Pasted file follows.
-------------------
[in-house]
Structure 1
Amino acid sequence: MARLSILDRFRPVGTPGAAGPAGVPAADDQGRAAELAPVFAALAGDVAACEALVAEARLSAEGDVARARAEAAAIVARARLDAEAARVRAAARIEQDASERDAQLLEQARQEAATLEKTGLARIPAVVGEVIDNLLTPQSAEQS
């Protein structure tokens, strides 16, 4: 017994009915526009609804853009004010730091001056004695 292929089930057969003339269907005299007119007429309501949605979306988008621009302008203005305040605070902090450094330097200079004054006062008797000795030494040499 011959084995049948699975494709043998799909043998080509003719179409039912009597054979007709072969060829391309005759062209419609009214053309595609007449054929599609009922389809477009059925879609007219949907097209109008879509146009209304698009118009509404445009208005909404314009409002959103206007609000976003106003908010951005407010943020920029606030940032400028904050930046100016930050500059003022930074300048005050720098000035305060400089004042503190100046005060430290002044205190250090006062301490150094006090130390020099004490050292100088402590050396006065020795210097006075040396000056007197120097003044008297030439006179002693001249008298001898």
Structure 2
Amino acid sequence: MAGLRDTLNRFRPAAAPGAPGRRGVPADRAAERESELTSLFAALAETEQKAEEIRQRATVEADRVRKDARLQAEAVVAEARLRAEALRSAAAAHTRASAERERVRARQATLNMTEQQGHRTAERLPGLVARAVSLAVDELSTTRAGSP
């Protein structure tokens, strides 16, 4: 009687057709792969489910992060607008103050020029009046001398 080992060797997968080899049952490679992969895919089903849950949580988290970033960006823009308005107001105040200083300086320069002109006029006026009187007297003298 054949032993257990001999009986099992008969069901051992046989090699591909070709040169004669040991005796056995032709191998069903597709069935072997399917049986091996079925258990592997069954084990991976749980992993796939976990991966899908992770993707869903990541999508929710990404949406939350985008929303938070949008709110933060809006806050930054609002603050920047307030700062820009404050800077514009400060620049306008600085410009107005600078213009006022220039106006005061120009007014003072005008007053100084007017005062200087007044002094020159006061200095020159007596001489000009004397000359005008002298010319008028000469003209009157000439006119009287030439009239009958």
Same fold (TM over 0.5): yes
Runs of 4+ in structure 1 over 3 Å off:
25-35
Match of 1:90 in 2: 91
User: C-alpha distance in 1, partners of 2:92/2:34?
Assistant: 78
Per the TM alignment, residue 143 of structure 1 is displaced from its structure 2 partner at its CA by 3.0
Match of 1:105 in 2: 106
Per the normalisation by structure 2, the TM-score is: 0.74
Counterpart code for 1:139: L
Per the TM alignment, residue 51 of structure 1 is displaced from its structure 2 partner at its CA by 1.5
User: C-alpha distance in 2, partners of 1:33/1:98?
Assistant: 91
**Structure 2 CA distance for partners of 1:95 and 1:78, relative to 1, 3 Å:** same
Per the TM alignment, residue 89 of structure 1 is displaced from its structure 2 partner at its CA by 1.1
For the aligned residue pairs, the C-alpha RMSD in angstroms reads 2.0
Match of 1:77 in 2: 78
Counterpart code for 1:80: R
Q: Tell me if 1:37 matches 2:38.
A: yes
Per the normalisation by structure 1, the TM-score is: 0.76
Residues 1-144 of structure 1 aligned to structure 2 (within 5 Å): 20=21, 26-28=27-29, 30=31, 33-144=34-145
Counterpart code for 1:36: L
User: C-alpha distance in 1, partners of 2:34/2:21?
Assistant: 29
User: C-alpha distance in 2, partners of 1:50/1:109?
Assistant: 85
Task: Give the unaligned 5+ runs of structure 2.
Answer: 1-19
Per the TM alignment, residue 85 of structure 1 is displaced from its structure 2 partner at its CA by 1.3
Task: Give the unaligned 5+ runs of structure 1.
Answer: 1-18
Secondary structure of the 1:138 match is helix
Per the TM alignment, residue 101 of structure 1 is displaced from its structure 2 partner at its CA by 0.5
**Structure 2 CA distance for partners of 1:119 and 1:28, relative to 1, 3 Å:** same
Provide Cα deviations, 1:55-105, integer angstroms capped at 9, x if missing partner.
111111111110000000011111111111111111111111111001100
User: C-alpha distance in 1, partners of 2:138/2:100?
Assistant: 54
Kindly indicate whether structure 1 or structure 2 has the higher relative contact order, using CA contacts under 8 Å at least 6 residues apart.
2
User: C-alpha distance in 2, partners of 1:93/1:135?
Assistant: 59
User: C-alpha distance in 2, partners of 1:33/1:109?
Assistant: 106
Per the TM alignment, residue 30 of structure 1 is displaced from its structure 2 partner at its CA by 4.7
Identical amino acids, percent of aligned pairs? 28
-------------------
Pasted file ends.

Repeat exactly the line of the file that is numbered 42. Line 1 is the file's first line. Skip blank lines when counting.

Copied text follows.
**Structure 2 CA distance for partners of 1:119 and 1:28, relative to 1, 3 Å:** same